Can You Get a Facial and Makeover on Chemotherapy? Part 1

Dr. Cynthia Bailey Chemotherapy Facial and Makeover Dr. Cynthia Bailey was on intensive chemotherapy to treat hereditary breast cancer this fall. On chemo, her normally lovely and well-cared-for skin was drier, duller, and flakier because her skin cells were not renewing themselves due to the toxic chemotherapy drugs. She wanted a makeover .

The challenge for Dr. Bailey’s makeover was that chemo patients need special precautions during any professional aesthetic service. These precautions are the norm for us at Advanced Skin Care and Dermatology. After her facial, Dr. Bailey’s skin looked great and she had no problems.

The unique chemotherapy facial concerns that Dr. Bailey wanted to address:

  • Sallow, dry, scaly, lusterless complexion from months of chemo treatments
  • Under-eye circles from the toxic chemotherapy drugs and pre-chemo cortisone infusions
  • Sensitive skin caused by Dr. Bailey’s usual sensitivity plus additional sensitivity from chemotherapy
  • Immunosuppression from chemo and increased risk for infection
  • A relaxing treatment to lift her spirits and make her feel “normal” for a while

Below, we discuss what we did for Dr. Bailey’s chemo facial and makeover and why it was safe for her to have a facial in our treatment room. The information will give you an idea of the standards that can be used during your professional skin care treatments.

The Chemotherapy Facial

Safety is our first concern with every client. It is especially important with a person who is immunosuppressed from chemotherapy.

What are the safety standards for facials?

Because of our extremely impeccable cleaning standards in the aesthetician treatment room, Dr. Bailey has been able to receive regular facials (with microdermabrasion!) while going through chemotherapy. I have detailed the hygiene precautions we take in our treatment room in the coming sections. Our hygiene precautions will give you an idea of how you can judge the cleanliness standards in the spa or treatment facility where you receive your aesthetician services. These are important facts to know for everyone, not just immunosuppressed or medically fragile clients.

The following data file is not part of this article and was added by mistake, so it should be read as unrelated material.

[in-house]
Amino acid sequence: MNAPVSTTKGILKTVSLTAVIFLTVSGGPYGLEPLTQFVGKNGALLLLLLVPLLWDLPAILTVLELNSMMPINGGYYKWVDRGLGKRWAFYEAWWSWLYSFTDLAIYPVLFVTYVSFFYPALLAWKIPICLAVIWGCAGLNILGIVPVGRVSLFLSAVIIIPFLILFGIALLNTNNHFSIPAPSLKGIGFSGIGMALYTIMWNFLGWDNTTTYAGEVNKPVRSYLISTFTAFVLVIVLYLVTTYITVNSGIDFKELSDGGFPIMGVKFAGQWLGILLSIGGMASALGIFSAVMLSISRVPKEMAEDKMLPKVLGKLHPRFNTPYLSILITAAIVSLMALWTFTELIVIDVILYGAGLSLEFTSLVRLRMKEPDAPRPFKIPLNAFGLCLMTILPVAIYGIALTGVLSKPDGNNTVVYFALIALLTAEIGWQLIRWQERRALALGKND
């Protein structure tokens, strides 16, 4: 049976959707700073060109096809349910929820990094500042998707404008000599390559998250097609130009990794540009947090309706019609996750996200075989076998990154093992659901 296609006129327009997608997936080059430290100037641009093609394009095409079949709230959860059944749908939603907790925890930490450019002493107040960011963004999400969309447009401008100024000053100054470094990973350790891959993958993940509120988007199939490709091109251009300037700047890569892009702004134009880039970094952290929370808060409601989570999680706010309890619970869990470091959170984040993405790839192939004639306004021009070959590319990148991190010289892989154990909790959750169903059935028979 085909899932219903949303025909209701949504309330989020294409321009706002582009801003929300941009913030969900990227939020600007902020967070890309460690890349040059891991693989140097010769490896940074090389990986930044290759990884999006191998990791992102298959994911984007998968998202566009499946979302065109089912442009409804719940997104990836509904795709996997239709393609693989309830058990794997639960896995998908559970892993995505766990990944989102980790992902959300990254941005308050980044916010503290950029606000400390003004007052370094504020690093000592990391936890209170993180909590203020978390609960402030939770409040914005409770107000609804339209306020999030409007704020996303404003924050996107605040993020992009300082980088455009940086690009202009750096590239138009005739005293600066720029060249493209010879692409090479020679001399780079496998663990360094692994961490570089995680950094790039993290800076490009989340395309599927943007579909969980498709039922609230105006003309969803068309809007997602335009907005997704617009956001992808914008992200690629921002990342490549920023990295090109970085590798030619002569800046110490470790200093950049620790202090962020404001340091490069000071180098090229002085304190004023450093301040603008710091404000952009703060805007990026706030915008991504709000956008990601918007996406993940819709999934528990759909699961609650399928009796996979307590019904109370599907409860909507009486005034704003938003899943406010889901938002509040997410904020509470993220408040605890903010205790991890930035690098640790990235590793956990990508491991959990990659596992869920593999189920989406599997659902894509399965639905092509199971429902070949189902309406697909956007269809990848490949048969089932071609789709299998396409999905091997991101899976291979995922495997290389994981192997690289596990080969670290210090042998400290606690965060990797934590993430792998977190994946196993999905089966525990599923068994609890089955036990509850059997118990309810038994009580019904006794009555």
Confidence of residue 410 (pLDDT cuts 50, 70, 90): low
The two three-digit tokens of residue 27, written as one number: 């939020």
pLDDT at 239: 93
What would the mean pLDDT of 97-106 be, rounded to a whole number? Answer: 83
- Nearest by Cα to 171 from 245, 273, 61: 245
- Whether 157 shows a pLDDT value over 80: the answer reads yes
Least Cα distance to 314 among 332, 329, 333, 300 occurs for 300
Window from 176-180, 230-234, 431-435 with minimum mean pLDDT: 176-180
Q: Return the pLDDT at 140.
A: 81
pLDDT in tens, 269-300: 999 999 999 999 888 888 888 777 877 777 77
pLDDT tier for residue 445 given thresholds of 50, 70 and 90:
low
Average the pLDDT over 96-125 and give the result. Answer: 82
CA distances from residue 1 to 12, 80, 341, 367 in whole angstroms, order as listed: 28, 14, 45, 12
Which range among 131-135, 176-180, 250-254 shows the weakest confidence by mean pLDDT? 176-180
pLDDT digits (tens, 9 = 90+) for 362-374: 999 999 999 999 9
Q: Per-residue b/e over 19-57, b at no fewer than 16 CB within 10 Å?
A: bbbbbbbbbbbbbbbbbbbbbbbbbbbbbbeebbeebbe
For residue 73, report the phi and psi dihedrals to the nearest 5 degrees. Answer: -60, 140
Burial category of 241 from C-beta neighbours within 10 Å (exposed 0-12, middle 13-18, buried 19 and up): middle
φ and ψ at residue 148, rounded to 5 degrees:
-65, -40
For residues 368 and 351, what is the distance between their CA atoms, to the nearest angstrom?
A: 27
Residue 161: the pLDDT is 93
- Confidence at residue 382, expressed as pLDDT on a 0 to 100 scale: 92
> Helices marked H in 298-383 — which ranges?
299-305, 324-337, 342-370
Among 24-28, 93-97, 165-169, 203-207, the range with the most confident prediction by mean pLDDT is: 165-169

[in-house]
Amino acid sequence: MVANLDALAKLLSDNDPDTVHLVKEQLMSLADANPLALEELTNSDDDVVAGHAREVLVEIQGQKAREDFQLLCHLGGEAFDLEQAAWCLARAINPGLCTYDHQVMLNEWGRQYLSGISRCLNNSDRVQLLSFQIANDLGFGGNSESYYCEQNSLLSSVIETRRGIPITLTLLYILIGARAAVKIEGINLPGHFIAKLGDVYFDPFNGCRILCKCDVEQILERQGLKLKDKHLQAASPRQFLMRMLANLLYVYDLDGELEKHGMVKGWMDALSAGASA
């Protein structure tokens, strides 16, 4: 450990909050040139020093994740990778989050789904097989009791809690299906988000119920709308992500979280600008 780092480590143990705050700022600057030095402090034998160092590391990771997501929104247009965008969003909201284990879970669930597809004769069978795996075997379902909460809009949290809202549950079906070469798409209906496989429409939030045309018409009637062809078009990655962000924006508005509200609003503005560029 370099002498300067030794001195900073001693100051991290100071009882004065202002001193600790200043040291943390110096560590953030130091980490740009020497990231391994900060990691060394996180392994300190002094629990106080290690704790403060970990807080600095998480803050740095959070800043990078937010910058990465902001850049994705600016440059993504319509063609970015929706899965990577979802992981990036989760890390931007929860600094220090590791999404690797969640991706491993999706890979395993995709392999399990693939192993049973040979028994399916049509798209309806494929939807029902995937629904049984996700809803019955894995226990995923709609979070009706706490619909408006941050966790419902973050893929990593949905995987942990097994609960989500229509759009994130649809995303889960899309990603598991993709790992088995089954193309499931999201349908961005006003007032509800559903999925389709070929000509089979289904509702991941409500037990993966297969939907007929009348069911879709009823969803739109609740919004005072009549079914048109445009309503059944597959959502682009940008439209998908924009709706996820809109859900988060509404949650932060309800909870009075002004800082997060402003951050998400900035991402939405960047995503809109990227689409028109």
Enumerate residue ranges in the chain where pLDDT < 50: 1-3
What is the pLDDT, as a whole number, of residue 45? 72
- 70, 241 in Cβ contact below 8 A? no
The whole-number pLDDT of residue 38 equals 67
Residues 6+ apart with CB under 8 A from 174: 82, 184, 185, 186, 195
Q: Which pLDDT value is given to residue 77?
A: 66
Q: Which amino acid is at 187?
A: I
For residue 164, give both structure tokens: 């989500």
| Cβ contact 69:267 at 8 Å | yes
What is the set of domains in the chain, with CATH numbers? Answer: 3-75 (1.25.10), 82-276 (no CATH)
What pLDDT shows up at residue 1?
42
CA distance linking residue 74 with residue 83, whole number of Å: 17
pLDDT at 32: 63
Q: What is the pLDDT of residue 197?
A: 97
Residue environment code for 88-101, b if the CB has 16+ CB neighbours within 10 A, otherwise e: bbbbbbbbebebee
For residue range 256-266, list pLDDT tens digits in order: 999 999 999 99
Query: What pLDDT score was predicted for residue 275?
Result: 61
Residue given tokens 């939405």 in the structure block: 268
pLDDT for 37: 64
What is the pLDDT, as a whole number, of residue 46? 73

DiamondTome Best Microdermabrasion in Sonoma CountyOur practice is to thoroughly sanitize everything in the room after each client and to deep clean the room at the end of every day. Our on-staff nurse and nurse’s assistant sterilize all of the stainless steel instruments we use in an autoclave after each use. That means all of our tweezers, trimming scissors, microdermabrasion wands, and stainless steel water bowls are not just sanitized, but also sterilized by medical professionals to medical standards.

All of the other instruments that cannot be run through the autoclave, such as mask brushes, rubber bowls, Clarisonic brush heads, etc., are sanitized after each use by our nurse and nurse’s assistant with a hospital-grade solution. That means every non-disposable instrument that our aestheticians use will be sanitized or sterilized by a medical professional after each use.

What other protocols are necessary for a chemotherapy facial?

In addition to the above sterilization methods, all of the disposable items we use in a treatment are promptly disposed of after touching a client.  We never reuse or “double dip” treatment products. That includes waxing supplies, makeup, makeup brushes, and skincare products. All bedding is changed after each client and is washed in accordance with State Board laws.

Our equipment is also cared for according to the highest industry standards. This is important because the nooks and crannies of equipment can harbor germs. We strictly follow the cleaning and care procedures from the manufacturer on all of our equipment, which includes our DiamondTome microdermabrasion machine, our facial steamer, wax pots, and hot towel warmer. We only use distilled water in our facial steamer to prevent mineral buildup on the steamer coils. Mineral buildup can harbor germs, a known potential hazard for an immunosuppressed client. We also clean our equipment at the end of every day as well, rather than only “when we are not busy” or “when it looks dirty.”  This level of attention to detail means that our equipment is always running optimally. This benefits all of our clients because well maintained equipment adds to the quality of every aesthetic treatment we provide at Advanced Skin Care and Dermatology.

Lastly, the products we use get the same degree of scrutiny and care as our instruments and equipment. All of the skincare products we use in the treatment room are approved by or hand-picked by Dr. Bailey. As many of you know, Dr. Bailey considers skin and fragrance allergies when picking skincare products. Many of the products we use in the treatment room are fragrance free and are suitable for intolerant skin. If a product contains a fragrance, it is naturally derived component of the active ingredients (for example our Pumpkin Enzyme Mask smells like pumpkin because that is what it is made out of, but there is no artificial pumpkin fragrance in the mask). Dr. Bailey ensures that all skin types, even the most delicate and intolerant (like the skin of a chemotherapy patient) will be able to enjoy a facial in our treatment room.